When it was announced Monday 29th February that Najib had gone on a 4 day ‘working visit’ to Saudi Arabia and would be “making a keynote speech” at the Jeddah Economic Forum today March 1st, there was considerable surprise.
After all, it was the first anyone had heard about such plans.
Various people naturally googled the information on the Forum, a commercial event which raises money from sponsors and attendees, but there was no mention of Najib.
This was raised in several comments back home in Malaysia. If the PM was speaking, people asked, how come there was no mention of him gracing the event?
At which point, lo and behold today 1st March Najib appeared
At which point, lo and behold, today 1st March, the very day of the projected speech Najib suddenly appeared (above) in the line up of speakers, pushing his way in at number two in the advertised line up!
Feb 29th – no Najib….
And, again, on the main speakers’ list, whilst there was no sign of Najib……
Tuesday March 1st Najib suddenly appears …
Byhe had popped up as the second speaker!
Was Najib such a nonentity that the Saudi forum had simply failed to remember to slot him into their line-up and needed to be reminded?
Or was it simply that, having perhaps received a series of questions indicating that the Wall Street Journalhad now corroborated Sarawak Report’s earlier story that more than US$1 billion had in fact been in Najib’s ‘donor’ bank accounts (rather than the previously admitted US$681 million) the beleaguered PM decided he needed a foreign distraction?
After all, Najib had refused to respond to the WSJ series of new allegations on 1MDB, which they published.
These included the information that US$2.4 billion had been paid from 1MDB, supposedly to its ‘partner’ the Abu Dhabi fund Aabar, but had actually been detoured into a bogus BVI company with a very similar name, which then appears to have channeled money into Najib’s own account in KL.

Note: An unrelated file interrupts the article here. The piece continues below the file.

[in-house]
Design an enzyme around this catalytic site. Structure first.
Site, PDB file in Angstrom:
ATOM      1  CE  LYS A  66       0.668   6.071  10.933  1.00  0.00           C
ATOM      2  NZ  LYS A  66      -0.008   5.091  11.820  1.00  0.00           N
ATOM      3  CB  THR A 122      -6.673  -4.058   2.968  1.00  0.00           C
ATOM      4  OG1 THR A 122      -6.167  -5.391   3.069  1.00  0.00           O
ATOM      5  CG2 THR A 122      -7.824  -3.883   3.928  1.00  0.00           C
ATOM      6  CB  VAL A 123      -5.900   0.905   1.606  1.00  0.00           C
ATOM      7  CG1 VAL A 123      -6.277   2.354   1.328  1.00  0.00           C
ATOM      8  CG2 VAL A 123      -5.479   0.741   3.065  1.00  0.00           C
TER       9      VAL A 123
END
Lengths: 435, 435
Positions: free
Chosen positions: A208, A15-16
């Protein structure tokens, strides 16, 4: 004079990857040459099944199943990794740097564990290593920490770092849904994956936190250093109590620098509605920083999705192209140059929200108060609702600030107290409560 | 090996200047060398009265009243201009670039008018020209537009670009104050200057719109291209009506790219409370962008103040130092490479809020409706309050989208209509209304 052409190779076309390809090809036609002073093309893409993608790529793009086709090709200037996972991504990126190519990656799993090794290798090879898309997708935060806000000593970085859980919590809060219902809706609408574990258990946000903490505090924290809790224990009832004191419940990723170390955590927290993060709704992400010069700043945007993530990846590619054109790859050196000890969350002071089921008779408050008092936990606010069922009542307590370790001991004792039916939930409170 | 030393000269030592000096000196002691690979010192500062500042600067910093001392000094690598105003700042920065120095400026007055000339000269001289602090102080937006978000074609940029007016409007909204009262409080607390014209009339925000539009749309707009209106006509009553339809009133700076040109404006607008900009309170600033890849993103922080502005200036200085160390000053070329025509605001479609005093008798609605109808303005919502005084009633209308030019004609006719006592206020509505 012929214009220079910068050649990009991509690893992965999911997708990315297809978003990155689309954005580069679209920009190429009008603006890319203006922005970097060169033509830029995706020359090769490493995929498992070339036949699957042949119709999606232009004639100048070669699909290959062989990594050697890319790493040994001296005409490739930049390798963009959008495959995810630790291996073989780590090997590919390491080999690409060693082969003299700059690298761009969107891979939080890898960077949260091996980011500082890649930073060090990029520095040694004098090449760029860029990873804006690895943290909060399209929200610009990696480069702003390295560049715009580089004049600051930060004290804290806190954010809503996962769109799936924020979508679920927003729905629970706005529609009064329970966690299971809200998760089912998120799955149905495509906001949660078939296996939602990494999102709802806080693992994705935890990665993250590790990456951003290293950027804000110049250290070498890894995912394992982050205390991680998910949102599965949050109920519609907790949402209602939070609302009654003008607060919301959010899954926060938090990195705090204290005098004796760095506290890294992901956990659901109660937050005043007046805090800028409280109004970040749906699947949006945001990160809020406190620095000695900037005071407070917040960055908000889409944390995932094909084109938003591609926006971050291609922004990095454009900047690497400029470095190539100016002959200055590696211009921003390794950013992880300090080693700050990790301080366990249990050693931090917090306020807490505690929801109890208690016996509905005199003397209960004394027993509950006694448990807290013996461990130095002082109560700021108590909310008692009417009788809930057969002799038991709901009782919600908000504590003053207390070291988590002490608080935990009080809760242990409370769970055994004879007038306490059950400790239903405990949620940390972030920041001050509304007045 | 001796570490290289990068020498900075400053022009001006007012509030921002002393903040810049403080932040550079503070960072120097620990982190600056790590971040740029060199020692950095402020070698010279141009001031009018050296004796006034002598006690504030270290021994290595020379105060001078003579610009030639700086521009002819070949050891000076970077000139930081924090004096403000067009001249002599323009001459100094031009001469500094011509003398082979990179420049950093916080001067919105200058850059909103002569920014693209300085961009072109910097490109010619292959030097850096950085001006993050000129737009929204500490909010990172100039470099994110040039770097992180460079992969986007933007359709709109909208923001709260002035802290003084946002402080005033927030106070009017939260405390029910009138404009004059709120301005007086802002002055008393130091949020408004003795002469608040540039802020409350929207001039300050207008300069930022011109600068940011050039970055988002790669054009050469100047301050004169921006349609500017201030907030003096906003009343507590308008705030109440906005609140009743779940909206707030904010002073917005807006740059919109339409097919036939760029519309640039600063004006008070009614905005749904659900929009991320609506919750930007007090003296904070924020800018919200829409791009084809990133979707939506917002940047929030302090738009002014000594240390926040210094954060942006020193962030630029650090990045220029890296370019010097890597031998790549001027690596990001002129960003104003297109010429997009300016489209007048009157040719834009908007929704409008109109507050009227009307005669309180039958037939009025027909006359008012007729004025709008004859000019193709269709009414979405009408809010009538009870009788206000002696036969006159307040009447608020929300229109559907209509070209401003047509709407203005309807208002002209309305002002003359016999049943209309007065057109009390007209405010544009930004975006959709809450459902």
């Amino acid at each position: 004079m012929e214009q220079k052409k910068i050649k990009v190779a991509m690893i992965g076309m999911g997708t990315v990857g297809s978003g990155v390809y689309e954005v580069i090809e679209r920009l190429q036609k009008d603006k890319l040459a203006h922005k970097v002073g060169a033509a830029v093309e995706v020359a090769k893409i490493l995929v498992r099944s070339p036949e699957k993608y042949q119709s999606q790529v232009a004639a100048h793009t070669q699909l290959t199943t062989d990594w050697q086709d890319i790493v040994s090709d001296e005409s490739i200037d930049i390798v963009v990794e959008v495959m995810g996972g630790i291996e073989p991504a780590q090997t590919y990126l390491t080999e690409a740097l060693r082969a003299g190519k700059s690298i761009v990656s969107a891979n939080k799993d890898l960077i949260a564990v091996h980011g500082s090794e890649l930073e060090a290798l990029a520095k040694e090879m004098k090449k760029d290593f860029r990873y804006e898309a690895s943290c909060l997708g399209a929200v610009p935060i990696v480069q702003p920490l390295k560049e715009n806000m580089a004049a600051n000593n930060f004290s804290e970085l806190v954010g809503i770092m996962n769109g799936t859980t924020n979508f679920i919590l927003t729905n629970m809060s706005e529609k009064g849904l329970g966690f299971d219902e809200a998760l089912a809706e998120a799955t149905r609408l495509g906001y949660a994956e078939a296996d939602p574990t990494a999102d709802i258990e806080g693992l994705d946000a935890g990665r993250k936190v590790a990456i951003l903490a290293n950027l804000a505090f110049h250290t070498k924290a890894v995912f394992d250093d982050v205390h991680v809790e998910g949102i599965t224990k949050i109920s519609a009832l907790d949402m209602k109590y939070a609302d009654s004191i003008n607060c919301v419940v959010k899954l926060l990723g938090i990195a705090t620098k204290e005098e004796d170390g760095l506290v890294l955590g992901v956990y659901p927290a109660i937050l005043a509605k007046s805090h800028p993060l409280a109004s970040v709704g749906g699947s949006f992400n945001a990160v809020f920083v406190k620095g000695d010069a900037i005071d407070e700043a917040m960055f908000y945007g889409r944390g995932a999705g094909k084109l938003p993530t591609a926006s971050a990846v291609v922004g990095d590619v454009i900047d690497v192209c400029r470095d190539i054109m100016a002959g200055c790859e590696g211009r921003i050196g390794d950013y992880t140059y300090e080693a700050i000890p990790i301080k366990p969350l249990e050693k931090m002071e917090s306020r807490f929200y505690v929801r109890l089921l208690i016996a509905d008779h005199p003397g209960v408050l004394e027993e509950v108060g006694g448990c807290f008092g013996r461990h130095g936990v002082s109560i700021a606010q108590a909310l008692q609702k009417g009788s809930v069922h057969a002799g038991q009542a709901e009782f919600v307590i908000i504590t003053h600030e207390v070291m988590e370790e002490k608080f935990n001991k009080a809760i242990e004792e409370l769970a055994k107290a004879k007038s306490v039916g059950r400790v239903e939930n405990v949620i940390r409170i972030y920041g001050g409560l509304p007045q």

The paper, according to convention, would have put their questions to him about this highly embarrassing new information at least a couple of days in advance – probably just before last weekend.
Saudi King has been too busy so far to see Najib… he was meeting the Italian Ambassador
Is that what sent the PM scuttling back off to Saudi Arabia on the excuse that he had important speeches to make?
Certainly, today enquiring journalists were told Najib was too busy on his trip to respond to questions.
There is also speculation that Najib’s agents believe they have made progress in persuading Saudi officials to make some statement indicating that his “donation” had indeed come from Saudi sources.
Perhaps Najib hopes that being on the ground could clinch this campaign to nail down his cover-story, in return for whatever inducement can be offered?
Malaysian troops on the ground in Yemen?
Meanwhile, Malaysia’s first couple have taken the opportunity to do yet another public round of contrition, attending yet more pilgrimage sessions and prayers.
Twice in 6 weeks? Are Najib and Rosmah becoming nuisance guests in Saudi?
On the other hand, if certain Saudis had been ready to make some such diplomatic announcement to help Najib through his mess, then this boosting of the figures by the WSJ to almost double the original alleged “donation” may give them pause for thought.
They would have to admit to a one billion donation rather than a US$681 million donation. Might this figure rise even higher as more uncomfortable facts leak out about Najib’s huge, unexplained accounts?